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Justices won’t hear challenge to Alabama campaign law

WASHINGTON (AP) — The US Supreme Court on Monday said it won’t hear a challenge to Alabama’s ban on the transfer of campaign contributions between political action committees.

The justices left in place a lower court ruling that said the 2010 law does not unconstitutionally restrict political speech.

The Alabama Democratic Conference, one of the state’s oldest predominantly African-American political organizations sued state officials over a portion of the law that prohibited ADC’s PAC from getting money from other PACs to use for voter communication programs and to get voters to the polls. The ADC previously received about half its money from PACs operated by the Alabama Education Association, the Alabama Trial Lawyers Association, the state Democratic Party and others.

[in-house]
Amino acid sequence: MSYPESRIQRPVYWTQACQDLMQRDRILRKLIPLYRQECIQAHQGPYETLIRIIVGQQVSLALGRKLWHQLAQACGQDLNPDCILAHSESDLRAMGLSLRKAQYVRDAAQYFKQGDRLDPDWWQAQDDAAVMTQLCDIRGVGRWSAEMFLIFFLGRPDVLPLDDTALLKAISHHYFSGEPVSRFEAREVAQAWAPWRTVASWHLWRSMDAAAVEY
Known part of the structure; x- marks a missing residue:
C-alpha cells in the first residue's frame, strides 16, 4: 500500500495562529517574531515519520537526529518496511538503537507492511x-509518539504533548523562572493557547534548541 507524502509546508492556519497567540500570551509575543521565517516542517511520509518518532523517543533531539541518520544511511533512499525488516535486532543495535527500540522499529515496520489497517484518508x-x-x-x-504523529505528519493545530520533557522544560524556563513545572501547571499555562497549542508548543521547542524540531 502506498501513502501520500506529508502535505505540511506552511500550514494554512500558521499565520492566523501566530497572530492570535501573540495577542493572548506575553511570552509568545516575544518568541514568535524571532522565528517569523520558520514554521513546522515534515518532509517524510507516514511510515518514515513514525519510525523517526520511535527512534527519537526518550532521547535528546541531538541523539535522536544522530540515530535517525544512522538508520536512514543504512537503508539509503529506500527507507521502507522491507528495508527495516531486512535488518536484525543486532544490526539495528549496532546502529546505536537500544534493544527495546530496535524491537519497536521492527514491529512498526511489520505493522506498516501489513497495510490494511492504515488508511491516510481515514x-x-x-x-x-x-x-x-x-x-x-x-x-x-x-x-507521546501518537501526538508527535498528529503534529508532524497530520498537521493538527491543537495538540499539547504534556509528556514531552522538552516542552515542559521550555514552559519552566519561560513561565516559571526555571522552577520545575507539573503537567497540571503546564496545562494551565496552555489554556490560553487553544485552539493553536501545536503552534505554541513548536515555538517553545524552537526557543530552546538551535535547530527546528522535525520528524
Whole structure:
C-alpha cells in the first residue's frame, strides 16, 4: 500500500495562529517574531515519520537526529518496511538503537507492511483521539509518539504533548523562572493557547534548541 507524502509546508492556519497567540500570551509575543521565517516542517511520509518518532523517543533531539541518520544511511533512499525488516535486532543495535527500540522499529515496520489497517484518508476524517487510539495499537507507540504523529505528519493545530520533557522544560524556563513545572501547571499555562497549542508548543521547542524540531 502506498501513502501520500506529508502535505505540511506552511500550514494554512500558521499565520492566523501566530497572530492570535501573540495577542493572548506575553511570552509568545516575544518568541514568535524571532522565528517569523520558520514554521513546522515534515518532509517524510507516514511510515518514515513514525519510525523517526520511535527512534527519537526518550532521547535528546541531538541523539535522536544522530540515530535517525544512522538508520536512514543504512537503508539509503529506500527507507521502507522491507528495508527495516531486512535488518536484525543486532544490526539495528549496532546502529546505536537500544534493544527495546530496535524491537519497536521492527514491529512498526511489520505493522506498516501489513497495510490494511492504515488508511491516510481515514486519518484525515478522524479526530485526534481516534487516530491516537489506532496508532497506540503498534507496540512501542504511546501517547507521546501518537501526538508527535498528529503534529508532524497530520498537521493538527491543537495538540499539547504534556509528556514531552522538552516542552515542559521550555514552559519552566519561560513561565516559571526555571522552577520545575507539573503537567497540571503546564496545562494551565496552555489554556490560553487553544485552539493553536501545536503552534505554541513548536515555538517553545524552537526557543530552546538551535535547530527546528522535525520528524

The 11th U.S. Circuit Court of Appeals ruled the 2010 law is not an unconstitutional prohibition on free political speech. The court said Alabama had a sufficient interest in trying to prevent corruption to justify the restriction on political activity.

The Alabama Legislature passed the PAC-to-PAC ban in 2010 in order to restrict donors’ ability to hide contributions by shuffling the money through multiple political action committees.

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